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The following guest column appeared in The Star-Ledger on August 14, 2012.
September will be here before we know it. While some will be looking forward to autumn, others will be apprehensive as the month approaches. They will wonder whether Congress will reauthorize a key measure that has allowed Jews, Christians, Baha"is and other religious minorities to escape religious persecution in Iran and in former Soviet nations.
Originally enacted as part of the 1990 Foreign Operations Appropriations Bill, the Lautenberg Amendment, named after its author, Sen. Frank Lautenberg (D-N.J.), has been reauthorized ever since. However, it is set to expire on Sept. 30 unless Congress steps up to the plate and does the right thing again.
What does the Lautenberg Amendment do? It provides critical safeguards for historically persecuted groups seeking refugee status by easing the burden of proof and permitting fast-track processing to prevent undue backlogs in "third” countries that host their processing. Without such assurances, these countries likely would no longer be willing to provide transit visas to allow religious minorities to be processed in safety on their soil.
The amendment does not increase the number of refugees allowed into the United States or require any special appropriated funds. Rather, it recognizes the kinds of persecution these groups historically have faced. The small number of refugees who qualify each year are fully screened and vetted.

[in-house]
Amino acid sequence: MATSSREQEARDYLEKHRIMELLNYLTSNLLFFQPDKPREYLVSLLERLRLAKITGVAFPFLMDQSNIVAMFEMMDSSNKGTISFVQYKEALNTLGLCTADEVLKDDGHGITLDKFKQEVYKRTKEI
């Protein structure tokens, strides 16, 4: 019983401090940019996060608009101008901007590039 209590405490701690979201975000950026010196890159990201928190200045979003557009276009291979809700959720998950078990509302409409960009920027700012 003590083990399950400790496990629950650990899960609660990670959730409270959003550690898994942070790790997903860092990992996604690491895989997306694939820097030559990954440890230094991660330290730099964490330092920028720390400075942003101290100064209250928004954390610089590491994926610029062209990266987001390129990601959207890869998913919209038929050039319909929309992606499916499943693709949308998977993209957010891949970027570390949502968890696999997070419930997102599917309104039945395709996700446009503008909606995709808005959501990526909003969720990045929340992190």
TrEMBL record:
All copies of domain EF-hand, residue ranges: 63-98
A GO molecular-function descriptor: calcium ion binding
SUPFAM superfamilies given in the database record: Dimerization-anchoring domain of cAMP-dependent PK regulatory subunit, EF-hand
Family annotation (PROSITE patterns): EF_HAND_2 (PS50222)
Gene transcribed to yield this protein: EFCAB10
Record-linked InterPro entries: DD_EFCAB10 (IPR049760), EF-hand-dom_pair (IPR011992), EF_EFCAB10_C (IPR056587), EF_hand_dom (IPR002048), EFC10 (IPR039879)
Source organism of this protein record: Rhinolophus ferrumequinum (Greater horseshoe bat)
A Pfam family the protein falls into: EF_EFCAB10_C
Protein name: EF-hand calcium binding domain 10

The Lautenberg Amendment has been the lifeline for many refugees, especially religious minorities from Iran. Every year since 1999, the secretary of state has designated Iran a "Country of Particular Concern” under the International Religious Freedom Act for egregious, ongoing and systematic violations of religious freedom.
The U.S. Commission on International Religious Freedom, on which we serve, has found that religious freedom conditions continue to deteriorate in Iran, especially for religious minorities, most notably Baha"is, as well as for Christians and Sufi Muslims, while physical attacks, harassment, detention, arrests and imprisonment have intensified.
Even the recognized non-Muslim religious minorities protected under Iran"s constitution - Jews, Armenian and Assyrian Christians, and Zoroastrians - face increasing discrimination, arrests and imprisonment. In fact, religious freedom conditions in Iran have regressed to a point not seen since the early days of the Islamic revolution, more than 30 years ago.
Failure to reauthorize the Lautenberg Amendment would clearly endanger the lives of people seeking freedom and send the signal that the United States is unconcerned. Such inaction would hearken back to the 1930s, when the United States largely closed its doors to refugees seeking to escape Nazi tyranny.
Thankfully, Congress is concerned. The Lautenberg Amendment has broad bipartisan support in the House and Senate, but last year was reauthorized only at the last minute. This year we hope that well before Sept. 30, Congress sends the signal loudly and clearly that religious freedom is paramount for all, including persecuted religious minorities.
Mary Ann Glendon serves as a vice chair of the U.S. Commission on International Religious Freedom. Sam Gejdenson serves as a USCIRF commissioner. Keep the conversation going at njvoices.com.
To interview a USCIRF Commissioner, contact Samantha Schnitzer at SSchnitzer@uscirf.gov or 202-786-0613.